According to both the US Environmental Protection Agency and one of its former officials, the well known diesel engine management program supplied by Bosch and used by a myriad of global automakers, including VW AG, has not been preprogrammed to cheat.
The EPA said that instead German carmaker VW AG decided to modify the engine software to power up all the vehicle’s emission control systems when it detected it was undergoing laboratory emissions testing, usually done on the dynamometer – a rolling test bed. The software then turned off the system when the vehicle was rolling under real-world conditions. German supplier Robert Bosch GmbH – the biggest in the world – also supplies for example the same engine management system to luxury brand Mercedes-Benz, which declared its diesel models “are not fitted with software that can tell that the vehicle is on a test rig.” BMW Ag, the largest luxury carmaker on the planet, also using the Bosch provided engine software, declared its emissions control systems are always active.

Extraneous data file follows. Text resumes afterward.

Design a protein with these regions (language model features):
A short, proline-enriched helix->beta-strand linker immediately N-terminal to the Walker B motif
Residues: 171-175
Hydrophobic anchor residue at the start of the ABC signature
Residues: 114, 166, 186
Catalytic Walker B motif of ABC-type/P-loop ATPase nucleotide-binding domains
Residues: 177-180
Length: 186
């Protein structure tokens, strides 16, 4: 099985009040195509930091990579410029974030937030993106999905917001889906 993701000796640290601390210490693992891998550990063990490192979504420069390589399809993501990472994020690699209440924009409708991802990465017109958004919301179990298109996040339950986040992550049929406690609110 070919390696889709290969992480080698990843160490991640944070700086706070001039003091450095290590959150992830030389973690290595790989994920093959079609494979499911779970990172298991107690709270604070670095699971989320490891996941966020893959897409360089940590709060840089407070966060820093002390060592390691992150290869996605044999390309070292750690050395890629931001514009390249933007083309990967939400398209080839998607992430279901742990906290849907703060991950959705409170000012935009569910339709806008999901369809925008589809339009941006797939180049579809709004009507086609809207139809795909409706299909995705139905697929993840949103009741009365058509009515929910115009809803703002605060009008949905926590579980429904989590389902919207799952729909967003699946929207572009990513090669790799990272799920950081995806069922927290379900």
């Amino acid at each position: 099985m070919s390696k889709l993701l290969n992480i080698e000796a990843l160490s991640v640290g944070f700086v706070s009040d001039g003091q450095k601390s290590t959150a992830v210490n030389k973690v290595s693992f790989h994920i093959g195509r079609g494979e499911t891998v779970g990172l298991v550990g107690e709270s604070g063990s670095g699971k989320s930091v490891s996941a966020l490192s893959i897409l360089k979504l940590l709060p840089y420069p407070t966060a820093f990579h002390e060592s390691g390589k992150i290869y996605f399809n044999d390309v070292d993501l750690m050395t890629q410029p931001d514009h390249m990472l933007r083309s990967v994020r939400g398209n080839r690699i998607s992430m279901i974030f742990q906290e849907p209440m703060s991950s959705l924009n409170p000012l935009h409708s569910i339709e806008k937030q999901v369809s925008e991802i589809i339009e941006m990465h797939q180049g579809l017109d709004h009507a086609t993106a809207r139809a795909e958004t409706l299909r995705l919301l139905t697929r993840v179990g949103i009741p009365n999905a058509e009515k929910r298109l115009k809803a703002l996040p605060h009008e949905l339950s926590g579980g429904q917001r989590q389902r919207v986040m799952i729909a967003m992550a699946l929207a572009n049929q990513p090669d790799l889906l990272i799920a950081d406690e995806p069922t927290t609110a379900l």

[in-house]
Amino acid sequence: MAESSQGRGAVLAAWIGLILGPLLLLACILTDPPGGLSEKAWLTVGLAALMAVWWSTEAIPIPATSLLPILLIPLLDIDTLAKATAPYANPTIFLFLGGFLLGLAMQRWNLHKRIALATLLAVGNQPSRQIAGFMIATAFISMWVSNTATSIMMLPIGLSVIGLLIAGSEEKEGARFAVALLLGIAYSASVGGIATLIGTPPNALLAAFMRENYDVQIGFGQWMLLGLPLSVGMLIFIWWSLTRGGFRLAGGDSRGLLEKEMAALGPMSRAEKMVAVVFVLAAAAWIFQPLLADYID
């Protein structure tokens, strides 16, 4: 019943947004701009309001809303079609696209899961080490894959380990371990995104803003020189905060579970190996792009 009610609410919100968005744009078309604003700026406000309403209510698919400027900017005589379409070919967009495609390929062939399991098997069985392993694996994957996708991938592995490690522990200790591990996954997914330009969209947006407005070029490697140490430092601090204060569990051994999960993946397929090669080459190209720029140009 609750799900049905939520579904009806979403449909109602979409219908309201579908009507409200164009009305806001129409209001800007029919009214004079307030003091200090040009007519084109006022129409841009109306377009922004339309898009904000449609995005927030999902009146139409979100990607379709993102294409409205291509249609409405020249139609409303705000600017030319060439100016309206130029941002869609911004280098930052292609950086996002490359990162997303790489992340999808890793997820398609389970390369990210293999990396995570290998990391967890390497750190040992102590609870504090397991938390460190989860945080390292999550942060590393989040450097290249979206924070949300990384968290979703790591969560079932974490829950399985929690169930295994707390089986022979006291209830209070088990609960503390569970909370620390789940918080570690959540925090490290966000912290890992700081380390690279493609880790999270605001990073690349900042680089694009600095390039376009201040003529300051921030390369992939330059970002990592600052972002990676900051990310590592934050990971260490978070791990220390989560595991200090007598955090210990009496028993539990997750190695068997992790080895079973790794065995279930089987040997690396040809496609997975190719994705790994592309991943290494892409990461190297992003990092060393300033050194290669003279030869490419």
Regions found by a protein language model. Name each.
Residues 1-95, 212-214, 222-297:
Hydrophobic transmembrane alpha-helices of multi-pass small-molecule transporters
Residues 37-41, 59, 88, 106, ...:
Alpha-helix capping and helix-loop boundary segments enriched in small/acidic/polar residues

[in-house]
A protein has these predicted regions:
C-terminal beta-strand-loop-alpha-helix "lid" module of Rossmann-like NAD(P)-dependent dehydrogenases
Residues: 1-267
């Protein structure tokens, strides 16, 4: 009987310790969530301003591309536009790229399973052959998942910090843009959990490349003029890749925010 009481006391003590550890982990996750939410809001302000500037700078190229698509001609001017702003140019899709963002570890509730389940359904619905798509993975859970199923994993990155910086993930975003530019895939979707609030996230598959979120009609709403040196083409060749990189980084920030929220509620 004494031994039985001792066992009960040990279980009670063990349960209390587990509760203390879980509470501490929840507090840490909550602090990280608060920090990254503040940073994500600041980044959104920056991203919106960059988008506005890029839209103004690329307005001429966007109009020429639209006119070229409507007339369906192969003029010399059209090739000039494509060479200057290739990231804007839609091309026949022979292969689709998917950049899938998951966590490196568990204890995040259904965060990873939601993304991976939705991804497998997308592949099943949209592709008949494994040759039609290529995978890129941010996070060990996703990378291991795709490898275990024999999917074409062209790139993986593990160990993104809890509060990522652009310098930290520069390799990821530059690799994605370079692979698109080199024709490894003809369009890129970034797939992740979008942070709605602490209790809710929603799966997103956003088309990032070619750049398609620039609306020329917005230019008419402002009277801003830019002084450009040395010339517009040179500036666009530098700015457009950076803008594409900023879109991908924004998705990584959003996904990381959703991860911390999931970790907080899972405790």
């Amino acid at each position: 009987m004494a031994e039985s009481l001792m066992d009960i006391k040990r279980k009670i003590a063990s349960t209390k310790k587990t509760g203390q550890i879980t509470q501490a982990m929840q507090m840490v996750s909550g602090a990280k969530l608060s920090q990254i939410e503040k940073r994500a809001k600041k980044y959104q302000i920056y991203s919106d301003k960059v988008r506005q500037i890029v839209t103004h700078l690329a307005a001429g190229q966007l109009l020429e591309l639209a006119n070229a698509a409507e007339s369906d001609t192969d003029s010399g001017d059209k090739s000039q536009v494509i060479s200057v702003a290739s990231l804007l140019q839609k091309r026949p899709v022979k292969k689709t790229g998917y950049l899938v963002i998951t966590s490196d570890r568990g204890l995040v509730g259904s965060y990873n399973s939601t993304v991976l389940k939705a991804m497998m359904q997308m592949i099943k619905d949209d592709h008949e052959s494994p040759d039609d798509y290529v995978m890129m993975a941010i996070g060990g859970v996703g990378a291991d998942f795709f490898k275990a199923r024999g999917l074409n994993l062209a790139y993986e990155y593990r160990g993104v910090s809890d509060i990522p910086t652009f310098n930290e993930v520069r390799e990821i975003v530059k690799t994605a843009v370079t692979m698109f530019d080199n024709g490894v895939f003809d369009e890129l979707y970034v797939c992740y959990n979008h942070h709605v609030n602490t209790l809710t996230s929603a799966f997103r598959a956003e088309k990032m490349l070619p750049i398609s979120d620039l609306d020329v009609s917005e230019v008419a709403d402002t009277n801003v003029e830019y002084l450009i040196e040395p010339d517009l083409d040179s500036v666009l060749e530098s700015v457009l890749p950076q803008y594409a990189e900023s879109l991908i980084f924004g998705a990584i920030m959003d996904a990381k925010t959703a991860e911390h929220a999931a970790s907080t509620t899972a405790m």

Last month Volkswagen Ag admitted it rigged the engine software to cheat on diesel emissions testing in the United States and later acknowledged it installed the illegal software in 11 million autos around the world. Since Bosch delivers the engine control module, called EDC17, and basic software for most four-cylinder diesel cars sold in North America, authorities investigating the cheat also wondered if other carmakers using it decided to circumvent state and federal emissions standards.